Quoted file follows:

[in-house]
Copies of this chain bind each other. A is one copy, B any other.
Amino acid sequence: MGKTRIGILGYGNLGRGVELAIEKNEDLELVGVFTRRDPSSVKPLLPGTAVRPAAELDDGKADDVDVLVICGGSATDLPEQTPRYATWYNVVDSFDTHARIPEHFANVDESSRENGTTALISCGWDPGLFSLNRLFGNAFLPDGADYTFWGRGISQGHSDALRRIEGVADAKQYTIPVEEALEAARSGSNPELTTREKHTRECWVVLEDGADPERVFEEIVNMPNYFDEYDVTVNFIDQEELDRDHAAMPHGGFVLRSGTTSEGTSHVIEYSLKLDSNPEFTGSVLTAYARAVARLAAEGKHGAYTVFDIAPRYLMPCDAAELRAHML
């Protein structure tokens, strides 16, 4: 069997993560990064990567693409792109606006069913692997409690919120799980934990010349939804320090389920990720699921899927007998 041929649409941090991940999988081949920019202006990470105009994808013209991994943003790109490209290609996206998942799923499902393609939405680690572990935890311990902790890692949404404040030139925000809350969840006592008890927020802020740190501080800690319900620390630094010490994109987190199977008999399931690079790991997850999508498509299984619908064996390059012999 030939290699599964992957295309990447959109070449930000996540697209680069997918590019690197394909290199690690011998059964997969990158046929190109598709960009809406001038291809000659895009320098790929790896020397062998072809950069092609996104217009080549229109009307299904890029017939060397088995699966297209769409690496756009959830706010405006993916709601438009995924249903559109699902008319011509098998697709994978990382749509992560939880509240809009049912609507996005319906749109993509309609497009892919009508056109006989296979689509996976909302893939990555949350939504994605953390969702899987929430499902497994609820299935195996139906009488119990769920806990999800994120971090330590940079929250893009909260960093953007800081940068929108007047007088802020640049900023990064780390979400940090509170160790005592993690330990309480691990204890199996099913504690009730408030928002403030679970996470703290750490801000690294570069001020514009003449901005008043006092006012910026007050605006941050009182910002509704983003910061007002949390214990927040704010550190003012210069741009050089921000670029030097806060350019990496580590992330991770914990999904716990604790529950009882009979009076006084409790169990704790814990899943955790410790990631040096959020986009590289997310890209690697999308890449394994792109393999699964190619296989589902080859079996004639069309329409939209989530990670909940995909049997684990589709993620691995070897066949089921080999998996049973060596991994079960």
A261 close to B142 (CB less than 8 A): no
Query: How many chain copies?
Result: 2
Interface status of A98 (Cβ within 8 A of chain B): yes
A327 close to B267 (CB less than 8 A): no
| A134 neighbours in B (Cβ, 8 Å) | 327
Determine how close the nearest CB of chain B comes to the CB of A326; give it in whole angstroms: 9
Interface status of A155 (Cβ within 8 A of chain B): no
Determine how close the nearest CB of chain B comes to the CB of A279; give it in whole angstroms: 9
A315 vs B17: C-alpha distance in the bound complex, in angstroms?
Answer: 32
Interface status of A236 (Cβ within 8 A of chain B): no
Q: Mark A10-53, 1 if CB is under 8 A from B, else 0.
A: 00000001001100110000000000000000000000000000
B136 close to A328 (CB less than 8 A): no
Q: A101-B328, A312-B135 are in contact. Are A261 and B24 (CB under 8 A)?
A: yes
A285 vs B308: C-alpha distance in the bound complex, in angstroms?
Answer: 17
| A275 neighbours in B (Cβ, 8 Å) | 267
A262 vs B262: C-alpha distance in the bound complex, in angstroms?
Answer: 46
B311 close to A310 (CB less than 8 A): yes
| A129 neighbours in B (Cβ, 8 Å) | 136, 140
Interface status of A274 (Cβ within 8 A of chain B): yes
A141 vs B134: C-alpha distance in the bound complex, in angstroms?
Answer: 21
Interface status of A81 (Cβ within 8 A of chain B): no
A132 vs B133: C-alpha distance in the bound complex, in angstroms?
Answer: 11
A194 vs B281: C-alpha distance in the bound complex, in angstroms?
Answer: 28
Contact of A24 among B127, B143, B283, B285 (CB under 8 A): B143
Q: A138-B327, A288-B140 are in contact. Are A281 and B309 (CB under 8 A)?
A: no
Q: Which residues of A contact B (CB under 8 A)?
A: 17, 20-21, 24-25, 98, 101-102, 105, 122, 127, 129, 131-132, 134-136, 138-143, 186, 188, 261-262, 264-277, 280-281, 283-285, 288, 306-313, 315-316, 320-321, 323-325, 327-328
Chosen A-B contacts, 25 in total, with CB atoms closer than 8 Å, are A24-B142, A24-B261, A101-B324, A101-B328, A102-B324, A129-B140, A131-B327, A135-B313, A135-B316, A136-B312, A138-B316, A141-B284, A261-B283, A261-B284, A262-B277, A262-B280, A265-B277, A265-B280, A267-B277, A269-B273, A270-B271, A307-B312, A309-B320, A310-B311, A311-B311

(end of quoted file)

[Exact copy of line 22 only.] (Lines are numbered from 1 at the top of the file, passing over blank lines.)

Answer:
A285 vs B308: C-alpha distance in the bound complex, in angstroms?